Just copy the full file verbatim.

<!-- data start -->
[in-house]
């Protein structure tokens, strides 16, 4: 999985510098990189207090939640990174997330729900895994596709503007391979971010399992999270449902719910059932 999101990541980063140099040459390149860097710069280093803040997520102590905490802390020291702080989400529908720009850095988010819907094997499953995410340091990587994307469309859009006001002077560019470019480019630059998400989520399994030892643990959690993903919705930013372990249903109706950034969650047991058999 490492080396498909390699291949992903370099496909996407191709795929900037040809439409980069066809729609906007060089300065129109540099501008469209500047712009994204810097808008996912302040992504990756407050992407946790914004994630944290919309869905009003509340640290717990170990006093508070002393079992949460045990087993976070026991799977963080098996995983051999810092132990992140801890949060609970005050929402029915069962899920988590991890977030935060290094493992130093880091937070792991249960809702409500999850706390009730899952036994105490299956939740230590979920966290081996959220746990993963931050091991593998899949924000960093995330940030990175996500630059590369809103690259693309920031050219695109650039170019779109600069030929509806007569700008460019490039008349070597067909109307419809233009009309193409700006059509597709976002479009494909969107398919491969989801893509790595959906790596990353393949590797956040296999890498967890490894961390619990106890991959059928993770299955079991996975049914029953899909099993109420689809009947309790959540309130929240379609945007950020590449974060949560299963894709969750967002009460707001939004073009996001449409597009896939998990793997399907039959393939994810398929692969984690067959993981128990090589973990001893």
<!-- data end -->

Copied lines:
[in-house]
């Protein structure tokens, strides 16, 4: 999985510098990189207090939640990174997330729900895994596709503007391979971010399992999270449902719910059932 999101990541980063140099040459390149860097710069280093803040997520102590905490802390020291702080989400529908720009850095988010819907094997499953995410340091990587994307469309859009006001002077560019470019480019630059998400989520399994030892643990959690993903919705930013372990249903109706950034969650047991058999 490492080396498909390699291949992903370099496909996407191709795929900037040809439409980069066809729609906007060089300065129109540099501008469209500047712009994204810097808008996912302040992504990756407050992407946790914004994630944290919309869905009003509340640290717990170990006093508070002393079992949460045990087993976070026991799977963080098996995983051999810092132990992140801890949060609970005050929402029915069962899920988590991890977030935060290094493992130093880091937070792991249960809702409500999850706390009730899952036994105490299956939740230590979920966290081996959220746990993963931050091991593998899949924000960093995330940030990175996500630059590369809103690259693309920031050219695109650039170019779109600069030929509806007569700008460019490039008349070597067909109307419809233009009309193409700006059509597709976002479009494909969107398919491969989801893509790595959906790596990353393949590797956040296999890498967890490894961390619990106890991959059928993770299955079991996975049914029953899909099993109420689809009947309790959540309130929240379609945007950020590449974060949560299963894709969750967002009460707001939004073009996001449409597009896939998990793997399907039959393939994810398929692969984690067959993981128990090589973990001893």